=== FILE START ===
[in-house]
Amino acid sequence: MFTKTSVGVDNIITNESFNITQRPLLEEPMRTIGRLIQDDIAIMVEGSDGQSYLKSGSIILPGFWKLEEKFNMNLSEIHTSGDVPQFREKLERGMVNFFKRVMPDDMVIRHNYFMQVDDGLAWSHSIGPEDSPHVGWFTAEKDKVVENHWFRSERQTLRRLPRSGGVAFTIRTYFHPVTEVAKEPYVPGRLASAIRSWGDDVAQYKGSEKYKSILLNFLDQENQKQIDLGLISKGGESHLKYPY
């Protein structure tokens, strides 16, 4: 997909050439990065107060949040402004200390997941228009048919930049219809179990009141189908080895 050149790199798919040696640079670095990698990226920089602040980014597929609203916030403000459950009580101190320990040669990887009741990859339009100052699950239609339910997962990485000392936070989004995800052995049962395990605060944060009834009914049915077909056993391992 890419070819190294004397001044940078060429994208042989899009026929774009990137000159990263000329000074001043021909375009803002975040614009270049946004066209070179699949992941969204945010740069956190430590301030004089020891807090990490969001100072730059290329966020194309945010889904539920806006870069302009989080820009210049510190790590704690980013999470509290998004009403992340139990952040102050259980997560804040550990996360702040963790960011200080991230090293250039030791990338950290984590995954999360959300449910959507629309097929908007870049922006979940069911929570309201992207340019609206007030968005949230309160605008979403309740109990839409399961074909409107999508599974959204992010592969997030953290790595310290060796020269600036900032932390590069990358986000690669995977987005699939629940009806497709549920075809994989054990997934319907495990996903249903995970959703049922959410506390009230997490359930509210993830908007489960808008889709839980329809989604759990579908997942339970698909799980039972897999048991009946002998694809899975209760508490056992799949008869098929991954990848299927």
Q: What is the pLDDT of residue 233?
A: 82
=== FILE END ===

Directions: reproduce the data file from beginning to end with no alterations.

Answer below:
[in-house]
Amino acid sequence: MFTKTSVGVDNIITNESFNITQRPLLEEPMRTIGRLIQDDIAIMVEGSDGQSYLKSGSIILPGFWKLEEKFNMNLSEIHTSGDVPQFREKLERGMVNFFKRVMPDDMVIRHNYFMQVDDGLAWSHSIGPEDSPHVGWFTAEKDKVVENHWFRSERQTLRRLPRSGGVAFTIRTYFHPVTEVAKEPYVPGRLASAIRSWGDDVAQYKGSEKYKSILLNFLDQENQKQIDLGLISKGGESHLKYPY
């Protein structure tokens, strides 16, 4: 997909050439990065107060949040402004200390997941228009048919930049219809179990009141189908080895 050149790199798919040696640079670095990698990226920089602040980014597929609203916030403000459950009580101190320990040669990887009741990859339009100052699950239609339910997962990485000392936070989004995800052995049962395990605060944060009834009914049915077909056993391992 890419070819190294004397001044940078060429994208042989899009026929774009990137000159990263000329000074001043021909375009803002975040614009270049946004066209070179699949992941969204945010740069956190430590301030004089020891807090990490969001100072730059290329966020194309945010889904539920806006870069302009989080820009210049510190790590704690980013999470509290998004009403992340139990952040102050259980997560804040550990996360702040963790960011200080991230090293250039030791990338950290984590995954999360959300449910959507629309097929908007870049922006979940069911929570309201992207340019609206007030968005949230309160605008979403309740109990839409399961074909409107999508599974959204992010592969997030953290790595310290060796020269600036900032932390590069990358986000690669995977987005699939629940009806497709549920075809994989054990997934319907495990996903249903995970959703049922959410506390009230997490359930509210993830908007489960808008889709839980329809989604759990579908997942339970698909799980039972897999048991009946002998694809899975209760508490056992799949008869098929991954990848299927």
Q: What is the pLDDT of residue 233?
A: 82